Afghan Survives Taliban to Become Musical Prodigy in America

What happens to a musical prodigy who is never allowed to play music? Or even listen to music? That could well have been the fate of Elham Fanous, who was born in an Afghanistan that was still under Taliban rule. The Taliban controlled every aspect of life, going as far as to completely forbid the playing of, or listening to, any form of music. But as a child, Elham’s father – an Indian classical singer – would sing to him (literally) behind closed doors. As Elham explained to the New York Post, “We had to close the door, curtains down, so no one would hear the sound of music, which was banned. We would be killed.”

In 2001, following the infamous 9/11 terrorist attacks against the United States, the U.S. invaded Afghanistan and began dismantling the Taliban government. Free from Taliban rule, Elham’s father urged him to choose an instrument to learn how to play. After seeing a video of celebrated pianist Vladimir Horowitz on YouTube, Elham decided that he wanted to play the piano. But there was one major problem. The Taliban had managed to destroy nearly every piano in the country. By 2001, there were approximately only 25 pianos left in all of Afghanistan.

But Elham was determined. Every day, we would wait for hours in order to get his turn at a piano. He eventually went on to join the Afghan National Institute of Music, and in 2013, Elham was able to briefly tour the U.S. with the Afghan National Youth Orchestra, and was even given a solo to perform at Carnegie Hall. It was during this American tour that Elham had the good fortune of befriending the Rosenthal family.

The following year, back in Afghanistan, Elham was heading to a concert at the Afghan National Institute of Music, when a suicide bomber attacked the school. One member of the audience was killed, the founder was gravely wounded, and the school had to be temporarily closed. Fortunately, the founder recovered and he eventually went on to reopen the school, but this event inspired Elham to reached out to the Rosenthals. He wanted to come study piano in the U.S., under the tutelage of some of the best pianists in the world, and without the constant worry of violence for merely wanting to bring music to the world.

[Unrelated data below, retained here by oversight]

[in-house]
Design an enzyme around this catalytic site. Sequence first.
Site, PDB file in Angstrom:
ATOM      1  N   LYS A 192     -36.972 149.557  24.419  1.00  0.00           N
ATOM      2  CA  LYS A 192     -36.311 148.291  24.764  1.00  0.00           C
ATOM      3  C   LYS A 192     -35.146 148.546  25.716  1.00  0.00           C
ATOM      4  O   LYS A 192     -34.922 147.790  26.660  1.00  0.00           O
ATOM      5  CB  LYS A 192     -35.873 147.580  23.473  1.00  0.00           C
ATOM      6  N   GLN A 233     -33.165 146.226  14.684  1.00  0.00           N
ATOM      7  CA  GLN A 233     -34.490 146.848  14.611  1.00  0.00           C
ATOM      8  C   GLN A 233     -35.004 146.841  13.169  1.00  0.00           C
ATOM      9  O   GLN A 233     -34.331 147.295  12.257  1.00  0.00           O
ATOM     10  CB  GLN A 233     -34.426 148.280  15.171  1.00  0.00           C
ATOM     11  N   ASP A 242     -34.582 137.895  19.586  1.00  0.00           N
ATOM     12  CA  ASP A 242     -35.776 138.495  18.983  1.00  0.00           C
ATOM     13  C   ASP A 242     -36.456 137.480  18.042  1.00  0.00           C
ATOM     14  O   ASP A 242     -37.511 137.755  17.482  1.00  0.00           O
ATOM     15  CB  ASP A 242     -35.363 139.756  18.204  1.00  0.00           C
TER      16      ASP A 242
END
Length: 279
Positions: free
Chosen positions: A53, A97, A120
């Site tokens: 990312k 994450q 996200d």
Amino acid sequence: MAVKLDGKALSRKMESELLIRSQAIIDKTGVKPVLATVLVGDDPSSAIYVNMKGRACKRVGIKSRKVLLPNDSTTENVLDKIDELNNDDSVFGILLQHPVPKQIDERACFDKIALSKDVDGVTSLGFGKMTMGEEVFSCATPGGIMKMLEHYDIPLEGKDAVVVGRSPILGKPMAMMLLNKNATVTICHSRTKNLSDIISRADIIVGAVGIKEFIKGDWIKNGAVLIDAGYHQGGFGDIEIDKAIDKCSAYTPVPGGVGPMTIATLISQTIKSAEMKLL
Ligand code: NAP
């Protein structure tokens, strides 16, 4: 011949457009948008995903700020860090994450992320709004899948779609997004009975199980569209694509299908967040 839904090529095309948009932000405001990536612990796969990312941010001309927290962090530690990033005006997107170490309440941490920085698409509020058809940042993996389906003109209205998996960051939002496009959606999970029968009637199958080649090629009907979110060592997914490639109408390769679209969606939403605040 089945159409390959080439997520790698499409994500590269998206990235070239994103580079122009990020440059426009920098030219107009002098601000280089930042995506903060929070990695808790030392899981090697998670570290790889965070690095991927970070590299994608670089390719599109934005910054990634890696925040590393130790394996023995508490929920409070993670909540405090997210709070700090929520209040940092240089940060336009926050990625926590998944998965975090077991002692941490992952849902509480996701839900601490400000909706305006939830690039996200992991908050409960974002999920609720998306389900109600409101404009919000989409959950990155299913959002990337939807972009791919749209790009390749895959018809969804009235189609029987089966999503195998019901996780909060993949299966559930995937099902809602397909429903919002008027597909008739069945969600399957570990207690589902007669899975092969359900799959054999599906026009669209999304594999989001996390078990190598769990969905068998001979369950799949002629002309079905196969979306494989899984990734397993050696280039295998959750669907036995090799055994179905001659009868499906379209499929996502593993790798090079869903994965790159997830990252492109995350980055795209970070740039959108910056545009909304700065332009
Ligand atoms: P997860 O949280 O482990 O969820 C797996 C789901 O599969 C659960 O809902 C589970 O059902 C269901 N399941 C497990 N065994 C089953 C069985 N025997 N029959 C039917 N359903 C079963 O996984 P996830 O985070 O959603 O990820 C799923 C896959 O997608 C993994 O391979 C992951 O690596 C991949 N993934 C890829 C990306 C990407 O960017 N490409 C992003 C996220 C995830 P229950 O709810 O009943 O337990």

The Rosenthal family helped Elham with his studies, preparing him for the college entrance exam, and, in short, making Elham part of their family. He was soon accepted as a student at Hunter College in New York, where he excelled. He graduated in May 2019, and has since been awarded a full scholarship to attend a master’s program at the Manhattan School of Music.

Looking back at how he got to where he is today, Elham credits the U.S. military for freeing him and his people from life under the Taliban. In an open letter he wrote to the troops that brought freedom to his homeland, he thanked the men and women for their service. “I would ask you not to despair that your sacrifice was wasted. I will prove it was not; I’ll always say thank you through my lifetime of music.”

Elham is now making his mark in the music world and he is living his American dream. Rather than languishing in obscurity, he has been able to move to the United States, where he can perhaps inspire, if not become, the next Vladimir Horowitz.

[See Afghan Musical Prodigy Sang in Secret — and Now He’s a Hunter College Grad, by Susan Edelman, New York Post, 08.Jun.2019, Rising Young Afghan Pianist Wants World to See a Different Side of his Country, by Kent Miller, Air Force Times, 25.May.2019, and How U.S. Troops Helped this Young Afghani Pianist Pursue his Dreams, NBC Nightly News, 31.Jul.2019.]


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